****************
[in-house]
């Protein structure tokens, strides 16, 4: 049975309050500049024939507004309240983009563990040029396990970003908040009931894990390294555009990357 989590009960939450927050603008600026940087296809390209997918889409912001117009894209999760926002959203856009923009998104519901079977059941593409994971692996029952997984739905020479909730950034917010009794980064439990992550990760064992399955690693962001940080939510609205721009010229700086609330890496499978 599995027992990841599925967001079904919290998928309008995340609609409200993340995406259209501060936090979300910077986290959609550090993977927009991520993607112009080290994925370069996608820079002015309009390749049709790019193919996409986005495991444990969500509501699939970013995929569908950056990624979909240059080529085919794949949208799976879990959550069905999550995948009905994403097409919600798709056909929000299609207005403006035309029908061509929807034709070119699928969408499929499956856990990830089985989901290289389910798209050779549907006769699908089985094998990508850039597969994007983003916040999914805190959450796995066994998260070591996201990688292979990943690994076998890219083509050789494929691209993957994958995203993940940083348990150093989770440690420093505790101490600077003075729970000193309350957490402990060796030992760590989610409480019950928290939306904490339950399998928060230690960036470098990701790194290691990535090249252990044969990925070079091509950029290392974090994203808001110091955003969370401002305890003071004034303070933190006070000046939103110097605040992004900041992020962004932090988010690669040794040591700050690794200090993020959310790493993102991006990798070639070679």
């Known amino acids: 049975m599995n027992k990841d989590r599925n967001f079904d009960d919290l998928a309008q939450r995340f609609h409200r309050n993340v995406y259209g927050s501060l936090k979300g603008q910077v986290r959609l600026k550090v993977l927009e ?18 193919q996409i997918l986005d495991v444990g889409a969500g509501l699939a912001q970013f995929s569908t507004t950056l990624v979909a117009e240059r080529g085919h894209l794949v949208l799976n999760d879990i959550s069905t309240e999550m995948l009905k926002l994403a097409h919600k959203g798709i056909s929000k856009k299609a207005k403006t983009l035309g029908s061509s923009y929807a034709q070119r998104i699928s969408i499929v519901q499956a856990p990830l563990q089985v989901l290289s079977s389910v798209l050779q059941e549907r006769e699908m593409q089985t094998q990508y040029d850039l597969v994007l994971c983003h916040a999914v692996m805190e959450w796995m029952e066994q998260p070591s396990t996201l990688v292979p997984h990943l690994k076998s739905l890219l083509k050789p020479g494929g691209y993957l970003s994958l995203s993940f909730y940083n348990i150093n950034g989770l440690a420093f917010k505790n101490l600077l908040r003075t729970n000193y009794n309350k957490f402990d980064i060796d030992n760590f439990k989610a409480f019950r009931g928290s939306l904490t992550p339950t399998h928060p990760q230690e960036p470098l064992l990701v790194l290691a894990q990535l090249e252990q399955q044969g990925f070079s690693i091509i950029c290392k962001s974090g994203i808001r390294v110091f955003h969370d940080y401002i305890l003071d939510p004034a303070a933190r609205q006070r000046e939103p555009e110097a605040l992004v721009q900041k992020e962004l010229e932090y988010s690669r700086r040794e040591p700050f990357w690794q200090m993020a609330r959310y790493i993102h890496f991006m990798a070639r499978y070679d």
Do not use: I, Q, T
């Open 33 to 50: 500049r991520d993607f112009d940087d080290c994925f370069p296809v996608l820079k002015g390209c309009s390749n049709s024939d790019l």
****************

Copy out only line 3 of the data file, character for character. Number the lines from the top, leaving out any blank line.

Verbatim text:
């Known amino acids: 049975m599995n027992k990841d989590r599925n967001f079904d009960d919290l998928a309008q939450r995340f609609h409200r309050n993340v995406y259209g927050s501060l936090k979300g603008q910077v986290r959609l600026k550090v993977l927009e ?18 193919q996409i997918l986005d495991v444990g889409a969500g509501l699939a912001q970013f995929s569908t507004t950056l990624v979909a117009e240059r080529g085919h894209l794949v949208l799976n999760d879990i959550s069905t309240e999550m995948l009905k926002l994403a097409h919600k959203g798709i056909s929000k856009k299609a207005k403006t983009l035309g029908s061509s923009y929807a034709q070119r998104i699928s969408i499929v519901q499956a856990p990830l563990q089985v989901l290289s079977s389910v798209l050779q059941e549907r006769e699908m593409q089985t094998q990508y040029d850039l597969v994007l994971c983003h916040a999914v692996m805190e959450w796995m029952e066994q998260p070591s396990t996201l990688v292979p997984h990943l690994k076998s739905l890219l083509k050789p020479g494929g691209y993957l970003s994958l995203s993940f909730y940083n348990i150093n950034g989770l440690a420093f917010k505790n101490l600077l908040r003075t729970n000193y009794n309350k957490f402990d980064i060796d030992n760590f439990k989610a409480f019950r009931g928290s939306l904490t992550p339950t399998h928060p990760q230690e960036p470098l064992l990701v790194l290691a894990q990535l090249e252990q399955q044969g990925f070079s690693i091509i950029c290392k962001s974090g994203i808001r390294v110091f955003h969370d940080y401002i305890l003071d939510p004034a303070a933190r609205q006070r000046e939103p555009e110097a605040l992004v721009q900041k992020e962004l010229e932090y988010s690669r700086r040794e040591p700050f990357w690794q200090m993020a609330r959310y790493i993102h890496f991006m990798a070639r499978y070679d």